The results of these reports are similar. Although the responses from the interviews are complex, they show a general trend that a dramatic rise in violence in the everyday lives of these children spurred on their desire to escape their homes, lives, families, friends, and schools. The UNHCR reports states: “no less than 58% of the 404 children interviewed were forcibly displaced because they suffered or faced harms that indicated a potential or actual need for international protection” from violence by organized crime as well as violence at home. The report’s results show that a majority must qualify for refugee status:
CHILDREN FROM EACH COUNTRY WITH INTERNATIONAL PROTECTION NEEDS:
El Salvador: 72%; Guatemala: 38%; Honduras: 57%; Mexico: 64%
- Between Ages 12-17
- Entered the U.S. during or after October 2011
- Held at some point in U.S. federal custody
These youngsters shared stories of fleeing increasing domestic violence, abuse, neglect, maltreatment, and abandonment by their families, compounded by dire poverty and the increasing threats, intimidation, extortion, armed conflict, kidnapping and human trafficking, gang violence, brutal forced recruitment, rape, and persecution by organized criminal gangs. In El Salvador, gangs are reputed to murder those who cannot pay la renta. Those children who have lost a caregiver by disappearance, death, or separation are the most vulnerable to increased poverty, abuse, neglect, sexual violence, exploitation, and death. Children do not tend to report abuse to the authorities because they do not believe that they will protect them (KIND). No space is safe for them, even the schools are used as gang recruitment centres. Just like other migrants, these children and families do not want to flee their homes, or their countries, if they can avoid it. Just as in Syria or Colombia, they will displace internally before leaving their countries to journey to an unknown fate. A gender dimension reveals girls are most at risk:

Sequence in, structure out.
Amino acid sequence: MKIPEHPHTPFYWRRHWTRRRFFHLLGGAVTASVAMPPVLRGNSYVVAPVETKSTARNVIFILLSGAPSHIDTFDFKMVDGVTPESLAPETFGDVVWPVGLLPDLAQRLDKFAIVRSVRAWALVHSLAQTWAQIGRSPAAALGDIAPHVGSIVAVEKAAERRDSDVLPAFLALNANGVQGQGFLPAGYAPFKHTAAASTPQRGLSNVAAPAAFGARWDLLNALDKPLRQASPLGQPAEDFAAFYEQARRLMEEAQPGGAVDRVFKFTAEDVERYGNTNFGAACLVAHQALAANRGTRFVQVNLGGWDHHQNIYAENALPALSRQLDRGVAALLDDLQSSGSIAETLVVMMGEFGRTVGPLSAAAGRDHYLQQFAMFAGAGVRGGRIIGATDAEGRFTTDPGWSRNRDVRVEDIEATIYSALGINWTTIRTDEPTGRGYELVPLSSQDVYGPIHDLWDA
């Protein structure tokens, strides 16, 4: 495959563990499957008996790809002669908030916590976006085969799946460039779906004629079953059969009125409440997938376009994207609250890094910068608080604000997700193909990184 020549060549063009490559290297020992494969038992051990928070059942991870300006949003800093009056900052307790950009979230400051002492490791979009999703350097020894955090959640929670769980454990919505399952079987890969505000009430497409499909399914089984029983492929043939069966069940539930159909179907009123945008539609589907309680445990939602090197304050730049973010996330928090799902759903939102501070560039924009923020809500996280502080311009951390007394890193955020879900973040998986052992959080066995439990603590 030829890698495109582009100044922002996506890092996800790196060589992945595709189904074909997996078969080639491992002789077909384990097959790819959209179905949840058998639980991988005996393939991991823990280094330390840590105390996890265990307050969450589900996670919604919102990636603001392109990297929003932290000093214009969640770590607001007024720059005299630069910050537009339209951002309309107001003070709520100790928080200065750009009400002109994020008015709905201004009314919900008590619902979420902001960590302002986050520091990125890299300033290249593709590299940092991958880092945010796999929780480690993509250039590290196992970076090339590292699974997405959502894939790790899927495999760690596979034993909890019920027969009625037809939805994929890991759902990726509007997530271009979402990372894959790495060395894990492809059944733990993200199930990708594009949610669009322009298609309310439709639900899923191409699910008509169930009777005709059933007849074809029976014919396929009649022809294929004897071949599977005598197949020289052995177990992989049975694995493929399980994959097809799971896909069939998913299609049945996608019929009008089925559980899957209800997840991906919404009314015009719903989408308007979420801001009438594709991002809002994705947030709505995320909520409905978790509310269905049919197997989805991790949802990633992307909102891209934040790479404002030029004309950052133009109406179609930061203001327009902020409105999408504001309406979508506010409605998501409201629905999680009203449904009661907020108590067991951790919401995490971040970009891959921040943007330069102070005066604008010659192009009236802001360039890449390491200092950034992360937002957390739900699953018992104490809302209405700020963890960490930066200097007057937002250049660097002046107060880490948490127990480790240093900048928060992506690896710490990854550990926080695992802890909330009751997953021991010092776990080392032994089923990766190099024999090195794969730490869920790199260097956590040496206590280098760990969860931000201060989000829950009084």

“…many of the displaced girls interviewed reported the fear of rape and gender-based violence as major motivating factors. They described how gangs and drug traffickers in Central America are increasingly recruiting girls to smuggle and sell drugs in their home countries, using gang rape as a means of forcing them into compliance. Gangs also use the threat of rape as a tactic to gain money through extortion and kidnapping. If a girl is impregnated, interviewees explained, the gang member responsible will leave her to raise her baby alone, then come back when the child is old enough to be recruited into the gang. Just as gangs are targeting younger boys for recruitment and violent attacks, they are targeting younger girls, some as young as nine years old, for rape and sexual assault” (UNHCR).